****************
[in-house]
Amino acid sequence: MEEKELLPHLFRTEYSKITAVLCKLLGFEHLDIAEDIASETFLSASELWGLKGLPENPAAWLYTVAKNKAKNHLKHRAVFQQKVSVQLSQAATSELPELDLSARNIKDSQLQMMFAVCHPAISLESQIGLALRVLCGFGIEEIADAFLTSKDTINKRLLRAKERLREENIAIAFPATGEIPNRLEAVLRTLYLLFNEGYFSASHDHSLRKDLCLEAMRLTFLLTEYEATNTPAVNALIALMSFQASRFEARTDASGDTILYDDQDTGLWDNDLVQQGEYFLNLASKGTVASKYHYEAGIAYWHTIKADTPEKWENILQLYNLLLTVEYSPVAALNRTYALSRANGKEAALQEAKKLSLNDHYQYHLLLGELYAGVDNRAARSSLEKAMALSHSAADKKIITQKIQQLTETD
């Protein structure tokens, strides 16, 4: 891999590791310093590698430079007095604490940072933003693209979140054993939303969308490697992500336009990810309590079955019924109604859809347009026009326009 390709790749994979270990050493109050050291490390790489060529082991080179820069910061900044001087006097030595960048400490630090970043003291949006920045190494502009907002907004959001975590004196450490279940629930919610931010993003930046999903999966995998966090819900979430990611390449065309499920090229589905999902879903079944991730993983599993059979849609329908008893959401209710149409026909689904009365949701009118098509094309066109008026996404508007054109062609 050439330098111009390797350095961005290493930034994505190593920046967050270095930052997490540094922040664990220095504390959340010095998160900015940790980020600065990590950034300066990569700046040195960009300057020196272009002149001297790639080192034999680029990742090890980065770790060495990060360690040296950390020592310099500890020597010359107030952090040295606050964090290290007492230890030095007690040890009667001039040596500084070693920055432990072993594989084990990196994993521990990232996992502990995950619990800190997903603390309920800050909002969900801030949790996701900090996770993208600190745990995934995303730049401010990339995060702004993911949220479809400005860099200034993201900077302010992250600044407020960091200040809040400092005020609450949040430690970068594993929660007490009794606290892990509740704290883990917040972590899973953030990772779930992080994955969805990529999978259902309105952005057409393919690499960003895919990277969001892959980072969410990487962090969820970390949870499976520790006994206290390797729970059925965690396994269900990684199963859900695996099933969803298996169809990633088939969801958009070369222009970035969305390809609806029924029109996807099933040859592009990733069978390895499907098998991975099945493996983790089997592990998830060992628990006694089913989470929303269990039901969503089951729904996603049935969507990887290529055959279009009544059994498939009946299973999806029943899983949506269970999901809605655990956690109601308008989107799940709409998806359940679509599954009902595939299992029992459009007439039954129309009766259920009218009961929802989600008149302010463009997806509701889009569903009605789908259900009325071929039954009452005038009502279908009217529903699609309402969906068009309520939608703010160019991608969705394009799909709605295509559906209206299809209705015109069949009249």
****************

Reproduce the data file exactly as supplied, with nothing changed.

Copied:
[in-house]
Amino acid sequence: MEEKELLPHLFRTEYSKITAVLCKLLGFEHLDIAEDIASETFLSASELWGLKGLPENPAAWLYTVAKNKAKNHLKHRAVFQQKVSVQLSQAATSELPELDLSARNIKDSQLQMMFAVCHPAISLESQIGLALRVLCGFGIEEIADAFLTSKDTINKRLLRAKERLREENIAIAFPATGEIPNRLEAVLRTLYLLFNEGYFSASHDHSLRKDLCLEAMRLTFLLTEYEATNTPAVNALIALMSFQASRFEARTDASGDTILYDDQDTGLWDNDLVQQGEYFLNLASKGTVASKYHYEAGIAYWHTIKADTPEKWENILQLYNLLLTVEYSPVAALNRTYALSRANGKEAALQEAKKLSLNDHYQYHLLLGELYAGVDNRAARSSLEKAMALSHSAADKKIITQKIQQLTETD
């Protein structure tokens, strides 16, 4: 891999590791310093590698430079007095604490940072933003693209979140054993939303969308490697992500336009990810309590079955019924109604859809347009026009326009 390709790749994979270990050493109050050291490390790489060529082991080179820069910061900044001087006097030595960048400490630090970043003291949006920045190494502009907002907004959001975590004196450490279940629930919610931010993003930046999903999966995998966090819900979430990611390449065309499920090229589905999902879903079944991730993983599993059979849609329908008893959401209710149409026909689904009365949701009118098509094309066109008026996404508007054109062609 050439330098111009390797350095961005290493930034994505190593920046967050270095930052997490540094922040664990220095504390959340010095998160900015940790980020600065990590950034300066990569700046040195960009300057020196272009002149001297790639080192034999680029990742090890980065770790060495990060360690040296950390020592310099500890020597010359107030952090040295606050964090290290007492230890030095007690040890009667001039040596500084070693920055432990072993594989084990990196994993521990990232996992502990995950619990800190997903603390309920800050909002969900801030949790996701900090996770993208600190745990995934995303730049401010990339995060702004993911949220479809400005860099200034993201900077302010992250600044407020960091200040809040400092005020609450949040430690970068594993929660007490009794606290892990509740704290883990917040972590899973953030990772779930992080994955969805990529999978259902309105952005057409393919690499960003895919990277969001892959980072969410990487962090969820970390949870499976520790006994206290390797729970059925965690396994269900990684199963859900695996099933969803298996169809990633088939969801958009070369222009970035969305390809609806029924029109996807099933040859592009990733069978390895499907098998991975099945493996983790089997592990998830060992628990006694089913989470929303269990039901969503089951729904996603049935969507990887290529055959279009009544059994498939009946299973999806029943899983949506269970999901809605655990956690109601308008989107799940709409998806359940679509599954009902595939299992029992459009007439039954129309009766259920009218009961929802989600008149302010463009997806509701889009569903009605789908259900009325071929039954009452005038009502279908009217529903699609309402969906068009309520939608703010160019991608969705394009799909709605295509559906209206299809209705015109069949009249």